In 1983, world production of farmed salmon was 23,500 metric tons, just 3% of the 670,000-ton wild salmon catch. By last year, farmed salmon production had soared to an estimated 202,000 tons, or 30% of the relatively constant wild catch.
Norway still leads the pack, producing about 75% of the world’s farmed salmon, but other places, including Scotland, Chile, Canada and Iceland, are catching up. The United States, with 50 fish farms in Washington state and Maine, lags far behind, producing 1% of the total.
Many of the U.S. salmon farms are run by Norwegian companies, including Global Aqua’s four-acre operation in Rich Passage, 10 miles west of Seattle.
Global Aqua’s farm is fairly typical: a huge raft anchored offshore holds 40 pens, each lined with a net holding up to 15 tons of fish, which range from finger-size smolts to fat-bellied salmon 2 feet long.
Half a dozen workers tend the pens from metal walkways, filling automatic feeders and mending nets. At harvest, workers herd fish into one end of the pens, scoop them out with an oversize dip-net and load them onto a boat. The salmon are still flipping when they reach a Seattle processing plant 30 minutes away.
In the three years it takes to raise salmon to harvest, farmers contend with prowling otters, hungry sea lions and diseases that can wipe out whole farms if left unchecked.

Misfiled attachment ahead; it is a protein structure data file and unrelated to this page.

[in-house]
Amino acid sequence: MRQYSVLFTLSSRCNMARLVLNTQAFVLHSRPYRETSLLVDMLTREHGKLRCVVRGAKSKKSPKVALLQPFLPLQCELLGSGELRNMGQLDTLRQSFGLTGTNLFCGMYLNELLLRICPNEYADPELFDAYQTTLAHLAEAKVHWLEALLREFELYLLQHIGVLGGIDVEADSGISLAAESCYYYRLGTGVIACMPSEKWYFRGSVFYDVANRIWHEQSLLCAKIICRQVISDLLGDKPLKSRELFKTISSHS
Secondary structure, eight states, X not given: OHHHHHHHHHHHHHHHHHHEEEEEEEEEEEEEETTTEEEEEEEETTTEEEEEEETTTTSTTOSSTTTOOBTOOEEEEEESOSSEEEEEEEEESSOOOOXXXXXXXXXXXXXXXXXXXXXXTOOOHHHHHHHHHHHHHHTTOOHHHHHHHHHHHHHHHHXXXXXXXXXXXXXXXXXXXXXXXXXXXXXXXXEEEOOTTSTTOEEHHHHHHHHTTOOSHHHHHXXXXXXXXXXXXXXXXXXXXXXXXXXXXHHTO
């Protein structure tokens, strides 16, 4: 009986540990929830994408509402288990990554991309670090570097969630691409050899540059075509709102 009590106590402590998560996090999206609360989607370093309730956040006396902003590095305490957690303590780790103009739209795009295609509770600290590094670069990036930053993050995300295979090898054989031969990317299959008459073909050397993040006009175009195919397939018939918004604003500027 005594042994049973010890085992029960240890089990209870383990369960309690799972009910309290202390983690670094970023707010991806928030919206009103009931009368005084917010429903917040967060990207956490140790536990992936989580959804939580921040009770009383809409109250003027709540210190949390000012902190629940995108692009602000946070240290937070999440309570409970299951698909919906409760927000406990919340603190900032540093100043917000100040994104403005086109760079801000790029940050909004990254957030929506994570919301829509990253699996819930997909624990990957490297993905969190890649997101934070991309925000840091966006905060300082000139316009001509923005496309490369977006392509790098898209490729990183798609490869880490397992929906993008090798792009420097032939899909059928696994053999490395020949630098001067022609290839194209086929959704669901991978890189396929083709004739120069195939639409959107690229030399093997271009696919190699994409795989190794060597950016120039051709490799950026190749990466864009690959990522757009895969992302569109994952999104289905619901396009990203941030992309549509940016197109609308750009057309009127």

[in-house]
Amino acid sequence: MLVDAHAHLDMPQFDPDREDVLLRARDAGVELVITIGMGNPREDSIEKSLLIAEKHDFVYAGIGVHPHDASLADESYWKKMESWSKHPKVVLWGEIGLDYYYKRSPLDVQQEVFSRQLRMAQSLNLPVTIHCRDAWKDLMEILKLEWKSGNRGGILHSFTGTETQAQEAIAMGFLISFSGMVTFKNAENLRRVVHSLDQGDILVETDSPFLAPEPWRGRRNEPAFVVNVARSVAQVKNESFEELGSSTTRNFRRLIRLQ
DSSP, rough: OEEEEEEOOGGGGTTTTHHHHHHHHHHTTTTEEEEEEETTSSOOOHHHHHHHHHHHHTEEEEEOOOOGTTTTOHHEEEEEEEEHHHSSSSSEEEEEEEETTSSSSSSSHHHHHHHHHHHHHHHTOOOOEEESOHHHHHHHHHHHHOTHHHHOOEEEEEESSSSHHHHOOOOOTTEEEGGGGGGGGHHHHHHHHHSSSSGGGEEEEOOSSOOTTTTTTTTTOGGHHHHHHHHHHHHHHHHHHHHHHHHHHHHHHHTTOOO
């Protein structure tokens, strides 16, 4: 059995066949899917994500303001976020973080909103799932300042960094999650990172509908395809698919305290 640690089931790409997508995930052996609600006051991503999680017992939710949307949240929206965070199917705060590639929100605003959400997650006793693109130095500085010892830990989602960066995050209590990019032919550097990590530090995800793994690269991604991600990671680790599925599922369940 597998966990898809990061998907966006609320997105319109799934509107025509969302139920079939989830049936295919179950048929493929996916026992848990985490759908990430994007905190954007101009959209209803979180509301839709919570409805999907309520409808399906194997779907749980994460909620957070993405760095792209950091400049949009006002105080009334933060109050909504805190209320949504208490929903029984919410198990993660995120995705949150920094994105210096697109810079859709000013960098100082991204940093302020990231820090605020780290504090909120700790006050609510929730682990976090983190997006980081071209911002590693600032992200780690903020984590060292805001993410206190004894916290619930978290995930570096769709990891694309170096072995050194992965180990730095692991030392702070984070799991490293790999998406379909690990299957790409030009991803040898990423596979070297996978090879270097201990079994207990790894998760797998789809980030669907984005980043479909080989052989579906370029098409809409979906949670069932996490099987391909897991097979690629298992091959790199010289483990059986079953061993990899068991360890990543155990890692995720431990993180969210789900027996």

Aquaculturists say their operations will never be a major blot on the coastline.
“It would take just 40 acres of farms to produce all of the salmon that was imported into the United States in 1988,” said Chris Gibson of Sea Farm Washington in Port Angeles. “The industry does not need a lot of space.”
It may need even less space in coming months. Worldwide growth of salmon farming and recent overproduction in Norway have glutted the market with fish. Prices have plunged, and many farms are selling below cost just to keep cash flowing.
In British Columbia, lax regulation and a surge of Norwegian investment capital helped the number of fish farms soar from five to 135 in the last six years. But now many are in trouble. Nineteen have filed for receivership in the last year, and small businesses are being bought out by large investors better able to outlast the lull in prices.
Aquaculture boosters profess confidence in their long-term place in the salmon trade.
Declining stocks of wild salmon already have forced Northwest fishermen to rely more heavily on fish that are started in shoreside hatcheries and released at sea. About 23% of Alaska’s “wild” catch now comes from hatcheries, while some salmon populations off Washington’s coast are 60% hatchery-reared.
“We’re not going to re-establish the wild resource. You just don’t have the habitat for them to come back to,” said John Pitts, who promotes aquaculture for the Washington Department of Agriculture. “Future generations will become more dependent on aquaculture.”
Perhaps. But as long as any wild salmon remain, some independent-minded fishermen will take their chances on the high seas rather than turn in their rain slickers for bags of fish chow.
“It’s the Cro-Magnon in us,” said Randy Babich. “Fishing is one of the last hunting-gathering professions in the world. Tossing feed into a pond just doesn’t provide the same adventure.”